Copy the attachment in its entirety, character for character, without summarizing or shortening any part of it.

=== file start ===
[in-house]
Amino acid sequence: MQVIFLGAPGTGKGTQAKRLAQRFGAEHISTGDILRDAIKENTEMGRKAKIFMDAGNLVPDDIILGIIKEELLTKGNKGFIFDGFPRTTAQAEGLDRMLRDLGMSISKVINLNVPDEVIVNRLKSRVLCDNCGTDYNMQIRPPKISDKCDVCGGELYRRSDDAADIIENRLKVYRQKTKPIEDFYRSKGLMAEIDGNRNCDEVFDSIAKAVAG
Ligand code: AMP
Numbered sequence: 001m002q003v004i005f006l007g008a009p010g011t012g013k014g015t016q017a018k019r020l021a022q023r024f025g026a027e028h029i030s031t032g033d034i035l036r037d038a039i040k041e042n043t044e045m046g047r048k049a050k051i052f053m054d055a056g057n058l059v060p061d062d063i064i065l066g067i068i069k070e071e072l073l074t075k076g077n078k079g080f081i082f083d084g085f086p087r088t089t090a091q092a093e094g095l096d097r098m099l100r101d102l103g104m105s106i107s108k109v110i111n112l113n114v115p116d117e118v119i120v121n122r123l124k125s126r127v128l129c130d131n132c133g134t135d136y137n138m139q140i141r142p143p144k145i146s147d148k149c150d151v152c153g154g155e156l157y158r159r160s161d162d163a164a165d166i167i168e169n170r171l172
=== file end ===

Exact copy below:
[in-house]
Amino acid sequence: MQVIFLGAPGTGKGTQAKRLAQRFGAEHISTGDILRDAIKENTEMGRKAKIFMDAGNLVPDDIILGIIKEELLTKGNKGFIFDGFPRTTAQAEGLDRMLRDLGMSISKVINLNVPDEVIVNRLKSRVLCDNCGTDYNMQIRPPKISDKCDVCGGELYRRSDDAADIIENRLKVYRQKTKPIEDFYRSKGLMAEIDGNRNCDEVFDSIAKAVAG
Ligand code: AMP
Numbered sequence: 001m002q003v004i005f006l007g008a009p010g011t012g013k014g015t016q017a018k019r020l021a022q023r024f025g026a027e028h029i030s031t032g033d034i035l036r037d038a039i040k041e042n043t044e045m046g047r048k049a050k051i052f053m054d055a056g057n058l059v060p061d062d063i064i065l066g067i068i069k070e071e072l073l074t075k076g077n078k079g080f081i082f083d084g085f086p087r088t089t090a091q092a093e094g095l096d097r098m099l100r101d102l103g104m105s106i107s108k109v110i111n112l113n114v115p116d117e118v119i120v121n122r123l124k125s126r127v128l129c130d131n132c133g134t135d136y137n138m139q140i141r142p143p144k145i146s147d148k149c150d151v152c153g154g155e156l157y158r159r160s161d162d163a164a165d166i167i168e169n170r171l172